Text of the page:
SHIPNUCK: Rory's regression is one of the big stories of the year. He's looking one-dimensional. Give him a soft course, he can hit it long and high and contend. Give him firm and fast—typical major conditions—and he's out of his comfort zone. It's going to be harder for him to win majors than we thought. Then there's the celebrity aspect, which he seems to enjoy maybe too much.
BAMBERGER: I don't think anyone would be surprised if Rory came out of his funk and won the PGA. It'll be hot; the fairways and greens will be soft. Those are conditions that he likes.
VAN SICKLE: My concerns are his putting and his drive. I don't think he's a great putter. If you're even thinking of being dominant, you have to be a great putter. Being pretty good isn't good enough. Second, it's a new world out there, where you become a superstar after one major, get more money than you'll ever spend and hang out with gorgeous tennis players. That's way more fun than pounding balls and working on your game.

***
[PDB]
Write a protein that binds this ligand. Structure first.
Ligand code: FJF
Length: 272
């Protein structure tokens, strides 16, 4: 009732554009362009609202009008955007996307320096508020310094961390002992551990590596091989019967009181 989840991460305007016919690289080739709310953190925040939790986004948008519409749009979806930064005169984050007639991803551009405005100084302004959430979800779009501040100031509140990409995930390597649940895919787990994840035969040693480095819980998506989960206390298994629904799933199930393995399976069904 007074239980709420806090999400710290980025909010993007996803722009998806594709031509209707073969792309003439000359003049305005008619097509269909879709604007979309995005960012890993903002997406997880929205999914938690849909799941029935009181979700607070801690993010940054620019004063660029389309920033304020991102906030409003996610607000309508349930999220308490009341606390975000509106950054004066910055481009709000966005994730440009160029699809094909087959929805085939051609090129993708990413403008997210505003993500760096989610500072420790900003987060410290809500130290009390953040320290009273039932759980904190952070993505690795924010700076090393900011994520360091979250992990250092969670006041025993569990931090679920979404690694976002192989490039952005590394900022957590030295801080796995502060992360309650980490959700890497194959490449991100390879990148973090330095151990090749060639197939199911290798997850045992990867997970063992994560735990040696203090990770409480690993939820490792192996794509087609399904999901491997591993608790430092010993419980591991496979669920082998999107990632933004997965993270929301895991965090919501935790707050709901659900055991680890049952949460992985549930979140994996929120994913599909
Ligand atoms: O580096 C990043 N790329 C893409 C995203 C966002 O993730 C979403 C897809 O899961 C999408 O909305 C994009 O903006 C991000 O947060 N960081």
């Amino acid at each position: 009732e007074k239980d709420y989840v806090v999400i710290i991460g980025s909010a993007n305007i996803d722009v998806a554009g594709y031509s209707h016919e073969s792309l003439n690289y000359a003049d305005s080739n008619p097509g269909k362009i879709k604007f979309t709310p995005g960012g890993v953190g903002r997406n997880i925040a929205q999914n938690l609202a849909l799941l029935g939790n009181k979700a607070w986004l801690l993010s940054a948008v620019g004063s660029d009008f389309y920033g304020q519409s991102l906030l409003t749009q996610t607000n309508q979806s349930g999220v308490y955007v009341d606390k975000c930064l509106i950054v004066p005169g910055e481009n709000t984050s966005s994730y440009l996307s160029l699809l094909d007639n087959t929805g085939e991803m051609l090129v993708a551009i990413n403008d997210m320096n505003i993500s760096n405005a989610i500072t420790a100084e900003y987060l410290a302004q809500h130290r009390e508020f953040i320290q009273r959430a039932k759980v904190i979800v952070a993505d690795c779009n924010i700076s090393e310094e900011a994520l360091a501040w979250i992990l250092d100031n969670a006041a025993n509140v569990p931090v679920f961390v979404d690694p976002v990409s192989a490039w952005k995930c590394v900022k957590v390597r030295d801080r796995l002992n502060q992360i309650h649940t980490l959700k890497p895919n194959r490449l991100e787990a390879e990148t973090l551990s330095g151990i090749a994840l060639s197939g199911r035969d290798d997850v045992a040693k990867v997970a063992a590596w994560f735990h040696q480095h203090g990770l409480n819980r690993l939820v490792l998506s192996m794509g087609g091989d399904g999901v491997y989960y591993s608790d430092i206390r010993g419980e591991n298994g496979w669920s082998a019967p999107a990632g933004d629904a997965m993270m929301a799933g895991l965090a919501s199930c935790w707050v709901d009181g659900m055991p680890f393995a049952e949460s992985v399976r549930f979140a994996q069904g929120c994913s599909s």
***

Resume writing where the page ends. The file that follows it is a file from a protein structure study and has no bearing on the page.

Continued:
MORFIT: A guy who wants it is Lee Westwood. He is abandoning the farm in England and moving his family to Florida. He's throwing everything into golf for one last-ditch effort to get the most out of his talent.
SHIPNUCK: Too bad he's pushing 40.
VAN SICKLE: We're headed for Kiawah Island's Ocean course for the PGA. I confess, I don't think much of the course. Do you love it or hate it?
GARRITY: I don't know, I haven't seen it in 20 years. All I remember from the 1991 Ryder Cup is that there was an ocean on your left or your right, depending which nine you were walking. Also, there was about a $26 cab ride from the 9th green to the 10th tee.
ANONYMOUS PRO: South Carolina in August is an odd choice. What, was Southern Hills booked? This PGA is going to be a sauna.
VAN SICKLE: Or a steam bath.
ANONYMOUS PRO: Maybe both. The course is going to be Whistling Straits South. Too much target golf, too many forced carries and semi-blind shots. There will be train wrecks galore.